Thermal Energy Construction v AE&E Lentjes UK [2009] EWHC 408

This summary was provided by CMS Cameron McKenna LLP.

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Although adjudicators’ decisions are only temporarily binding, it is important that, where reasons are required and given, they enable the parties to understand what has been decided and why.

His Honour Judge Stephen Davies, Queen’s Bench Division, Manchester District Registry


Thermal was engaged by AE&E under a sub-contract to provide mechanical erection services in the context of desulphurisation works at a power station.  A dispute arose over AE&E’s valuation and certification of Thermal’s claims for payment under the sub-contract, which Thermal referred to adjudication under the TeCSA Rules, requesting that the Adjudicator provide reasons for his decision.  The TeCSA Rules required the Adjudicator to give reasons if requested by any party.

In its Response to Thermal’s Referral, AE&E argued by way of defence that it had a counterclaim for £3.75m, representing AE&E’s liability for liquidated damages under the main contract (which AE&E claimed was due to delays by Thermal), against which AE&E was entitled to set off the payments claimed by Thermal.  Thermal’s Reply asserted that the Adjudicator had no jurisdiction to consider this defence and that, in any event, the contract precluded liquidated damages for delays to completion of the works (a point AE&E refuted on the basis that the delays at issue were delays to individual tie-in dates under the programme not to overall completion of the works). 

The Adjudicator decided in favour of Thermal, issuing a decision that ran to some length but did not expressly deal with AE&E’s set-off and counter-claim or Thermal’s jurisdictional challenge in respect of it.  The only mention at all connected with these issues was the comment (made in a different context) that liquidated damages were not applicable on the instant contract.

Thermal sought enforcement of the Adjudicator’s decision by means of summary judgment, which AE&E opposed on the grounds that the Adjudicator had failed to comply with his obligations by neglecting to give reasons in respect of the set-off and counterclaim defence, causing substantial prejudice to AE&E.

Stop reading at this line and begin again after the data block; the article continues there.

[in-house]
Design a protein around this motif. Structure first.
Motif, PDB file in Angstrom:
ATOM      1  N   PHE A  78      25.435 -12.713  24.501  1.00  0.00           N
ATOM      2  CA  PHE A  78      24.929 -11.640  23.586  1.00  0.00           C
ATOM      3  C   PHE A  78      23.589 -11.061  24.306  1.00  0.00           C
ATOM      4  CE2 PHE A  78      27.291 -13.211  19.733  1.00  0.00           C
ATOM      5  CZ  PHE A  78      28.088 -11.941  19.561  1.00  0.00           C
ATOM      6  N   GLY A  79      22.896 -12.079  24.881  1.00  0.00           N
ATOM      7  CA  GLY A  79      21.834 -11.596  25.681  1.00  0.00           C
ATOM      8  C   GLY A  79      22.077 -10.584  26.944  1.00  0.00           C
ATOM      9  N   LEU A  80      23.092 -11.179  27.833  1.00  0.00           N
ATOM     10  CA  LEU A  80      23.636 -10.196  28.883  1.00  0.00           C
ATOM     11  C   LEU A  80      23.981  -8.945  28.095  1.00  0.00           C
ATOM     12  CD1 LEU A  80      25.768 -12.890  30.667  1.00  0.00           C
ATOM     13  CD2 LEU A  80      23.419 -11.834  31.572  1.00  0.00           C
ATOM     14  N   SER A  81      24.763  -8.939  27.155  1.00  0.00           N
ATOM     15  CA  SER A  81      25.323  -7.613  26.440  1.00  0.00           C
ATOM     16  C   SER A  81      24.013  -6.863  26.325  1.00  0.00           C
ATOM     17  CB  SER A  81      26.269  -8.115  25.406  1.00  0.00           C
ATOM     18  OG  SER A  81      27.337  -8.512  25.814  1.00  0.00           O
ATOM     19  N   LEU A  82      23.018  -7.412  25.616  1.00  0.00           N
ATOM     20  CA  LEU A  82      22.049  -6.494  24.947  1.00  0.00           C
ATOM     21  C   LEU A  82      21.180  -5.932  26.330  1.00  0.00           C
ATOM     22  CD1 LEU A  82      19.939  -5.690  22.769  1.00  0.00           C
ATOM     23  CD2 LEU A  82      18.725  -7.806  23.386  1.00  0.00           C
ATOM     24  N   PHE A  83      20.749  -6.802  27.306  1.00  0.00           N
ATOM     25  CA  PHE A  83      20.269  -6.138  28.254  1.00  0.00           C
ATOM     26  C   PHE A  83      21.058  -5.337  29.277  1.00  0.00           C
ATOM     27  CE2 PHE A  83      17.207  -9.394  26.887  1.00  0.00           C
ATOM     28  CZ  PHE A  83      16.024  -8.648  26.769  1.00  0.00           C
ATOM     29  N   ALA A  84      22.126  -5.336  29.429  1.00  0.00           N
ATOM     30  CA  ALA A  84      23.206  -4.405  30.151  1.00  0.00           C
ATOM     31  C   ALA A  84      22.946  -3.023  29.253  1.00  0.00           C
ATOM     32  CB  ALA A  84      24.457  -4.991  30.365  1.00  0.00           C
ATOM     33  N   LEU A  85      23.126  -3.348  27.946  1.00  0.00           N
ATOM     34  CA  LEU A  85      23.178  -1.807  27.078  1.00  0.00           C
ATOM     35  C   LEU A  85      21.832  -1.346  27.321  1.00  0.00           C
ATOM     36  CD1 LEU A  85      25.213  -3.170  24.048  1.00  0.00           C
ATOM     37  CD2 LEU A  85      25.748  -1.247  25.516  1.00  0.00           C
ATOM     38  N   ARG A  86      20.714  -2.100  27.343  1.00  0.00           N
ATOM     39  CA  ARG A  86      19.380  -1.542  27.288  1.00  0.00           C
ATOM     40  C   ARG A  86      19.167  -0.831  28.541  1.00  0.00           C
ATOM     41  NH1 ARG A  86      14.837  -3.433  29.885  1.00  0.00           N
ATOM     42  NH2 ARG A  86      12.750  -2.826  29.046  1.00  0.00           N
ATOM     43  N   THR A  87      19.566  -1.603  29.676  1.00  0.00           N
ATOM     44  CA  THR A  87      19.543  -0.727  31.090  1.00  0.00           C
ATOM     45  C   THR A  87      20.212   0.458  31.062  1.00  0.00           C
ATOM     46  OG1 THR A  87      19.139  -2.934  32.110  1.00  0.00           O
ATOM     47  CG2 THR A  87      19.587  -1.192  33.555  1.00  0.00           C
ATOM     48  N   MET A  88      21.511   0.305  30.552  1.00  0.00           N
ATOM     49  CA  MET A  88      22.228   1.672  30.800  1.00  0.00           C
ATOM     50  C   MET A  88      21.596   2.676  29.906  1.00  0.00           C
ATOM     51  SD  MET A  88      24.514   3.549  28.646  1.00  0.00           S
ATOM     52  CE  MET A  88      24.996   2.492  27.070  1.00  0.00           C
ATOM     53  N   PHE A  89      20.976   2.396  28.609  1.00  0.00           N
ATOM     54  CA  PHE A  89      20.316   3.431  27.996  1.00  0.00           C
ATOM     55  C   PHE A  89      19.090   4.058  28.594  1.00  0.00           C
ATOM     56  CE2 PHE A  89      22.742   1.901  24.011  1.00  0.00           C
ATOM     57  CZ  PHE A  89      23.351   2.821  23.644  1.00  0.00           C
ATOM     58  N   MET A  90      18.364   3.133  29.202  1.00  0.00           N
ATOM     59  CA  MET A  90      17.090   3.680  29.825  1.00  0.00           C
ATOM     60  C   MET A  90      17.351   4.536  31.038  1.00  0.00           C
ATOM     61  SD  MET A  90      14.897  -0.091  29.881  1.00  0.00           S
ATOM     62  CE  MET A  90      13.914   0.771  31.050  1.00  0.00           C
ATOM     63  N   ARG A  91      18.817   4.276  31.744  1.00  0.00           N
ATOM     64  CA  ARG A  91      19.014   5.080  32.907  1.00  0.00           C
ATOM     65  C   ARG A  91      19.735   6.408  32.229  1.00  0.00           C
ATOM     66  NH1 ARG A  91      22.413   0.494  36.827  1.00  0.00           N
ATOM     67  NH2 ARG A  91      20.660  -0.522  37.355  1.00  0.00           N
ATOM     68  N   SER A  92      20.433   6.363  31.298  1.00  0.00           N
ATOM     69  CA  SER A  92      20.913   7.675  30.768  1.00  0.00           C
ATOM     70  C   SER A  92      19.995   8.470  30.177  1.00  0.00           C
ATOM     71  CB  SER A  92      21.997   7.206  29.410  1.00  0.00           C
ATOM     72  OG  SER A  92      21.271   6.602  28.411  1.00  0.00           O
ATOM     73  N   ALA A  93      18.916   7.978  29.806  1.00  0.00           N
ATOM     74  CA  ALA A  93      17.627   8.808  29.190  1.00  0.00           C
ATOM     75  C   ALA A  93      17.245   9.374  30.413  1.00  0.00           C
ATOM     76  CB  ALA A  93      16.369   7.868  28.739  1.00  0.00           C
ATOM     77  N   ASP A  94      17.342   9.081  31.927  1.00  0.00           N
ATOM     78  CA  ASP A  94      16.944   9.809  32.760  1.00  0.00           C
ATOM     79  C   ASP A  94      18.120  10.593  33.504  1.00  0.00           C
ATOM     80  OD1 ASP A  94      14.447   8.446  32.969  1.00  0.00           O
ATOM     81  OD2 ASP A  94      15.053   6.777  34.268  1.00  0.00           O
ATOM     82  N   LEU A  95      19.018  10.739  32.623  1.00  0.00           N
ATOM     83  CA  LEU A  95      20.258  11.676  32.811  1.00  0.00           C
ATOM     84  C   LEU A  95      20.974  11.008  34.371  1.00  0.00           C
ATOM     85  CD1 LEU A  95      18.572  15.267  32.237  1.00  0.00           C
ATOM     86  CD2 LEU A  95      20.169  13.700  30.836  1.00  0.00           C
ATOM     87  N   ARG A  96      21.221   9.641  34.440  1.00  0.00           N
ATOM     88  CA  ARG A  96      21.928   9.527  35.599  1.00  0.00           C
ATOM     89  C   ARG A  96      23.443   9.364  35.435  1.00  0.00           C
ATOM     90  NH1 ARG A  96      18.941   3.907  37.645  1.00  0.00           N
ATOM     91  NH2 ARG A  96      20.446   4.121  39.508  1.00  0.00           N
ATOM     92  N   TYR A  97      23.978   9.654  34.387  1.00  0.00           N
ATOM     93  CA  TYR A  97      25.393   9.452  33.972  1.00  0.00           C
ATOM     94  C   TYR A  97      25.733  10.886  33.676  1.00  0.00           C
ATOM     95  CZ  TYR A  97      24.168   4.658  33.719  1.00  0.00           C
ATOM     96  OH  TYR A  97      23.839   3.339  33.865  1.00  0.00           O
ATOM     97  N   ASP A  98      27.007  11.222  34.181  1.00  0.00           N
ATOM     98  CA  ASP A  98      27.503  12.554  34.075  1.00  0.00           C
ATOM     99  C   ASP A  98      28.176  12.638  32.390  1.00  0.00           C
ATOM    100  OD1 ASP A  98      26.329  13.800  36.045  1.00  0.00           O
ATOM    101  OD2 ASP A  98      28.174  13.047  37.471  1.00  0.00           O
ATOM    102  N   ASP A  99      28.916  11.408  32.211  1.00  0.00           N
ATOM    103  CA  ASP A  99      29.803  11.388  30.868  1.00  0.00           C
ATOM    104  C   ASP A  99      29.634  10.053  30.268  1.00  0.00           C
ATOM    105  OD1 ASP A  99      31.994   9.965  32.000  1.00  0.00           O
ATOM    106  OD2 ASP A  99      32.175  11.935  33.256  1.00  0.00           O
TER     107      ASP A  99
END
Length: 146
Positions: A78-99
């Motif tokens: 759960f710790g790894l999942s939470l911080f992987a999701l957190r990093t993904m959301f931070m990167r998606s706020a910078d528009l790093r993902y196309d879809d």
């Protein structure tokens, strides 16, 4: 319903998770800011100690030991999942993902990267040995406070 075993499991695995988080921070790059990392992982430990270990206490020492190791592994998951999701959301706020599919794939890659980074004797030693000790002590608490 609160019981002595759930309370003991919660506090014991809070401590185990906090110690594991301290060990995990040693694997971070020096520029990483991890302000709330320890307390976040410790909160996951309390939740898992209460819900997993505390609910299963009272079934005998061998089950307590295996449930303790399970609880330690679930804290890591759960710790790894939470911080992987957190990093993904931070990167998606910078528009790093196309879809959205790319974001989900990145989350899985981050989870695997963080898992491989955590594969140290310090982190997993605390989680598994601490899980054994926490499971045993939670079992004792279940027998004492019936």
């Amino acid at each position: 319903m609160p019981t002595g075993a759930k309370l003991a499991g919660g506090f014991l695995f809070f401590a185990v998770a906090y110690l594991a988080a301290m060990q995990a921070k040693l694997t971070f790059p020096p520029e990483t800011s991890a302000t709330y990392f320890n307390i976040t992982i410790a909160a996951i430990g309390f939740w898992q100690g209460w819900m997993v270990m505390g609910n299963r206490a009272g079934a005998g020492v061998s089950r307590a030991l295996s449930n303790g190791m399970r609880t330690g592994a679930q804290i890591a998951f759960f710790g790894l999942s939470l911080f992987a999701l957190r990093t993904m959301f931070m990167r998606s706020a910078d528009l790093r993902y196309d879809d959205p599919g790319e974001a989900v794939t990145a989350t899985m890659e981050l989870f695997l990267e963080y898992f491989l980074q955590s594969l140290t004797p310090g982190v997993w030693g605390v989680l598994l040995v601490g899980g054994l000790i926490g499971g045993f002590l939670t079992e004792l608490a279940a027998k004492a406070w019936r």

The Court had to consider:

  • whether the Adjudicator did give any or any intelligible reasons in relation to AE&E’s set-off and counterclaim and


  • if not, whether AE&E had suffered substantial prejudice as a result.

Thermal claimed that even if it was found that the Adjudicator did not give reasons and this caused substantial prejudice, the Court ought to enforce the Adjudicator’s decision because AE&E was obliged to (and did not) first request the decision to be corrected as it was entitled to do under TeCSA Rule 32.


The Court held that although Adjudicators’ decisions are made under an expedited process and are only temporarily binding, it was nonetheless necessary for reasons to make it clear that all the essential issues properly put before the Adjudicator had been decided and to enable the parties to understand what the Adjudicator had decided and why.  In this case, it was important for the Adjudicator’s reasons to show whether or not the Adjudicator had purported to decide the set-off and counterclaim and if so, on what grounds.  The Court held that it was impossible to construe the lengthy and carefully-structured decision as doing this, given that there was no express reference to the issue at all.  The Adjudicator had therefore failed to comply with his obligations.

The Court held that this did cause substantial prejudice to AE&E, as it resulted in AE&E losing the opportunity to have the set-off and counterclaim point decided in its favour, plus the uncertainty on the face of the first decision as to whether the point had previously been decided could lead to a second adjudication on the issue being declined on the grounds of no jurisdiction.  Summary judgment should therefore be granted.

In relation to the TeCSA Rules, the Court noted firstly that Rule 32 was expressly limited to correction of “clerical mistakes or errors arising from an accidental slip or omission” and could not logically apply in a case such as the present where the Adjudicator had simply not dealt at all explicitly with a substantial element of the Responding Party’s defence.  In any event, the Court held that very clear words were required for the Court to conclude that a party should lose the right to raise an otherwise legitimate jurisdictional challenge on the basis that it was first obliged to exercise a remedy, and there was nothing in Rule 32 to suggest that it was a pre-condition to resisting enforcement or that it imposed any obligation on the parties at all.

This summary was provided by CMS Cameron McKenna LLP.

For more information visit




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